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Universal health care the cure for medical billing disorders | READER COMMENTARY

Leonard Pounds, right, the vice president for clinical operations at Nova Southeastern University, talks with Kelly Auguste and her son Donovan about the services offered at NSU's new Veterans Access Clinic. Kelly and Donovan Auguste are the wife and son of an area vet and they had a hard time getting health care for themselves before the clinic opened in January.
Leonard Pounds, right, the vice president for clinical operations at Nova Southeastern University, talks with Kelly Auguste and her son Donovan about the services offered at NSU's new Veterans Access Clinic. Kelly and Donovan Auguste are the wife and son of an area vet and they had a hard time getting health care for themselves before the clinic opened in January. (Scott Luxor / Contributor)

Our country’s failure to enact a universal health care system — often called Improved Medicare for All or Single-Payer Health care — causes many hardships. Not-for-profit hospitals suing patients is one sad result (“As Maryland hospitals continue to sue patients, state lawmakers call for ‘guardrails,'” Feb. 28). This behavior is immoral because it leads to homelessness, hunger, delaying needed health care, personal bankruptcy, disrupting families, etc.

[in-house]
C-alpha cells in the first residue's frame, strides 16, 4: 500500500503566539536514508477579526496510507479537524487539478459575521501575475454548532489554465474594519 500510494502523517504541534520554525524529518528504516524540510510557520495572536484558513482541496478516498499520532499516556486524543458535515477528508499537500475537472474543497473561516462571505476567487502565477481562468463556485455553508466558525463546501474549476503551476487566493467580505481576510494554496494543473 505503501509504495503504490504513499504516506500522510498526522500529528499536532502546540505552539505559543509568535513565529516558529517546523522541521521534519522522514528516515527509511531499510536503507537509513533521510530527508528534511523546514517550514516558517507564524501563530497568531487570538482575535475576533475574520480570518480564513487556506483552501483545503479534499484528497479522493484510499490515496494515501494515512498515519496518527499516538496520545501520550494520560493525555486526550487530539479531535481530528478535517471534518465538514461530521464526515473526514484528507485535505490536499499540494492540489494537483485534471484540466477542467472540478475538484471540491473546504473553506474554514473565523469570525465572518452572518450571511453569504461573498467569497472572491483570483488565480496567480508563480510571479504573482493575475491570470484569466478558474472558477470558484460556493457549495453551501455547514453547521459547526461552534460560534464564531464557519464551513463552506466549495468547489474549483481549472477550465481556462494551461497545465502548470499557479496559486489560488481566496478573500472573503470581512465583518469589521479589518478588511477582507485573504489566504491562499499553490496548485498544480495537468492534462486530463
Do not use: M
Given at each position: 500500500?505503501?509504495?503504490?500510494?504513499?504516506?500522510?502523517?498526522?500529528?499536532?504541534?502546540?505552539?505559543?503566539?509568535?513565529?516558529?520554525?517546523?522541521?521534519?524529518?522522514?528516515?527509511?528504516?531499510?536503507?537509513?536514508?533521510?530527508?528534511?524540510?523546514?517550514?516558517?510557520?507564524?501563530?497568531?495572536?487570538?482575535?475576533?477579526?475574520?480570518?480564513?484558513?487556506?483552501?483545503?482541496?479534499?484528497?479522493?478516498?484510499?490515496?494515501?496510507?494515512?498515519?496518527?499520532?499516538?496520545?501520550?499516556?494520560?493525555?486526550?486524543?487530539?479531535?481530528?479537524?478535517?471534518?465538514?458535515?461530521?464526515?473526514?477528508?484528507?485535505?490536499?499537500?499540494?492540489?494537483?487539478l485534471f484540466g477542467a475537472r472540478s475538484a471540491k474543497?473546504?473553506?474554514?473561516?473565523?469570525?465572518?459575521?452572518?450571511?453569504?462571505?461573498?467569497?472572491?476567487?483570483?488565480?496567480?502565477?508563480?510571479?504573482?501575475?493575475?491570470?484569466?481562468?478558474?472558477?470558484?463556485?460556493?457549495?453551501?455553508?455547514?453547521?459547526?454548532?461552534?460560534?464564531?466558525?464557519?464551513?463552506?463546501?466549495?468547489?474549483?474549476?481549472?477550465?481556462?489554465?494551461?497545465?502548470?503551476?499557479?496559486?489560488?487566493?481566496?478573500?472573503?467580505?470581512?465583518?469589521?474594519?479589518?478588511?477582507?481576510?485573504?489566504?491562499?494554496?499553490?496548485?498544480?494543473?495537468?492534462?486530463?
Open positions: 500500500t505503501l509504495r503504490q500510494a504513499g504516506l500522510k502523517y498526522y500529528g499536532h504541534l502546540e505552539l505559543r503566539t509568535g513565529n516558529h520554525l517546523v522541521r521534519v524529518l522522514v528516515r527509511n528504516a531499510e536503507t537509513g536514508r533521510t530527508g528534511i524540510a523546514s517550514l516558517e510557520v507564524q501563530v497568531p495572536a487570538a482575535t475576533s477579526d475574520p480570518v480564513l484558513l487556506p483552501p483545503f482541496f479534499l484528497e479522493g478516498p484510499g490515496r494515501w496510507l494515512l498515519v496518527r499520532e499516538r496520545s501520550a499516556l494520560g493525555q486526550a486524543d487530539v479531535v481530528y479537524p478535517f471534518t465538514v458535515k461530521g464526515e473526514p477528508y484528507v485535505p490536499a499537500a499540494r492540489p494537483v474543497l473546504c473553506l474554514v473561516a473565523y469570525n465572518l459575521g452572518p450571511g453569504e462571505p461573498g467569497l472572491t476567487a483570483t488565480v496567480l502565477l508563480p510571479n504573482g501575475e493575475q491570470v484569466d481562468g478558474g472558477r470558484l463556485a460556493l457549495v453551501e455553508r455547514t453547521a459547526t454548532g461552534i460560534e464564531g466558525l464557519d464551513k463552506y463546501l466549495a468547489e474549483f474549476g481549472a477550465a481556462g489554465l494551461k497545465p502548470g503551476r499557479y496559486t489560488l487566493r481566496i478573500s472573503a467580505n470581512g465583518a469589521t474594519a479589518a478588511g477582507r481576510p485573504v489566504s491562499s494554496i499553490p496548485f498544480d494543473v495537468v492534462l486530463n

Increased numbers of people have health insurance under the Affordable Care Act, yet national polling shows that more people (26%) report going without needed care than before passage of the ACA. Why is this? Employer sponsored health insurance plans have become skimpier and skimpier with employees paying high premiums, deductibles and co-pays for less coverage. Employers struggle to provide adequate employee health insurance while healthcare prices rise faster than wages and these forces have overwhelmed the positive benefits of the ACA.

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A thoughtfully executed National Improved Medicare for All health system would cover everybody with no co-pays or deductibles. In fact, there would be no medical bills to decipher. Only the national health insurance system would be able to cover necessary care so all providers, hospitals, and doctors would be in the system. You would have choice of any doctor and hospital, no limited networks of providers, no surprise medical bills. You get to keep your own doctor.

The national health system would control prices because it could negotiate payment rates and drug costs. Hospitals would negotiate one annual budget with the national health system based on the community’s needs and demand for services. Savings from such a system would be dramatic as the complex medical billing system would be eliminated.

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Dr. Eric Naumburg, Columbia

The writer is co-chair of Maryland Physicians for a National Health Program.

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